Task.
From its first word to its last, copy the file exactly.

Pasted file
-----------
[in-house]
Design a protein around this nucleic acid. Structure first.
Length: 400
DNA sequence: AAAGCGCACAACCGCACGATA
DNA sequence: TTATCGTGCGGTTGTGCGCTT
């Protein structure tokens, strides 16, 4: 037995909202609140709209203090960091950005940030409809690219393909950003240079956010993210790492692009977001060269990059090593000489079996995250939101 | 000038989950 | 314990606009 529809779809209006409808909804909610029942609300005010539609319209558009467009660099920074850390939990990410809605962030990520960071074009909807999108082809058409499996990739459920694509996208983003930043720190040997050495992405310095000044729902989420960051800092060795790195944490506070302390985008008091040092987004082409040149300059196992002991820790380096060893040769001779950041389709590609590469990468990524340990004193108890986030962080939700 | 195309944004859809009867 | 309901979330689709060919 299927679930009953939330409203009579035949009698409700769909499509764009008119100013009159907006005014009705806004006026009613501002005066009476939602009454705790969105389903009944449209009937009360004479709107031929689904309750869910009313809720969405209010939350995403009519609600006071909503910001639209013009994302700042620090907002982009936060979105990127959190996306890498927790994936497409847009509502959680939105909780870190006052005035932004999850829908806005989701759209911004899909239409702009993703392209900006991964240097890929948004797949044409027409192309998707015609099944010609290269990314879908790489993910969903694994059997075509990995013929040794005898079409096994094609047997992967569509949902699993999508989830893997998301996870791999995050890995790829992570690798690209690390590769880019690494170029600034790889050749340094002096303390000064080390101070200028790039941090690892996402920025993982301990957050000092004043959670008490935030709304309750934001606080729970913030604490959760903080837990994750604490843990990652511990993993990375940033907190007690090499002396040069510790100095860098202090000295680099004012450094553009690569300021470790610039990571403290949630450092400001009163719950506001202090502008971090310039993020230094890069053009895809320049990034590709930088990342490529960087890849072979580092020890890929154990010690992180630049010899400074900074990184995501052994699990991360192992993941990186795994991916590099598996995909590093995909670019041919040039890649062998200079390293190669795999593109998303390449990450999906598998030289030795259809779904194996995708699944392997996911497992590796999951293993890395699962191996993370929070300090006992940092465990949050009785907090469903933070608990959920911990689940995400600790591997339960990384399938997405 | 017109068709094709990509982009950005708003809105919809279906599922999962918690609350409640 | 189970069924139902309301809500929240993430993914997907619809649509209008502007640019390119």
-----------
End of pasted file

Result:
[in-house]
Design a protein around this nucleic acid. Structure first.
Length: 400
DNA sequence: AAAGCGCACAACCGCACGATA
DNA sequence: TTATCGTGCGGTTGTGCGCTT
């Protein structure tokens, strides 16, 4: 037995909202609140709209203090960091950005940030409809690219393909950003240079956010993210790492692009977001060269990059090593000489079996995250939101 | 000038989950 | 314990606009 529809779809209006409808909804909610029942609300005010539609319209558009467009660099920074850390939990990410809605962030990520960071074009909807999108082809058409499996990739459920694509996208983003930043720190040997050495992405310095000044729902989420960051800092060795790195944490506070302390985008008091040092987004082409040149300059196992002991820790380096060893040769001779950041389709590609590469990468990524340990004193108890986030962080939700 | 195309944004859809009867 | 309901979330689709060919 299927679930009953939330409203009579035949009698409700769909499509764009008119100013009159907006005014009705806004006026009613501002005066009476939602009454705790969105389903009944449209009937009360004479709107031929689904309750869910009313809720969405209010939350995403009519609600006071909503910001639209013009994302700042620090907002982009936060979105990127959190996306890498927790994936497409847009509502959680939105909780870190006052005035932004999850829908806005989701759209911004899909239409702009993703392209900006991964240097890929948004797949044409027409192309998707015609099944010609290269990314879908790489993910969903694994059997075509990995013929040794005898079409096994094609047997992967569509949902699993999508989830893997998301996870791999995050890995790829992570690798690209690390590769880019690494170029600034790889050749340094002096303390000064080390101070200028790039941090690892996402920025993982301990957050000092004043959670008490935030709304309750934001606080729970913030604490959760903080837990994750604490843990990652511990993993990375940033907190007690090499002396040069510790100095860098202090000295680099004012450094553009690569300021470790610039990571403290949630450092400001009163719950506001202090502008971090310039993020230094890069053009895809320049990034590709930088990342490529960087890849072979580092020890890929154990010690992180630049010899400074900074990184995501052994699990991360192992993941990186795994991916590099598996995909590093995909670019041919040039890649062998200079390293190669795999593109998303390449990450999906598998030289030795259809779904194996995708699944392997996911497992590796999951293993890395699962191996993370929070300090006992940092465990949050009785907090469903933070608990959920911990689940995400600790591997339960990384399938997405 | 017109068709094709990509982009950005708003809105919809279906599922999962918690609350409640 | 189970069924139902309301809500929240993430993914997907619809649509209008502007640019390119």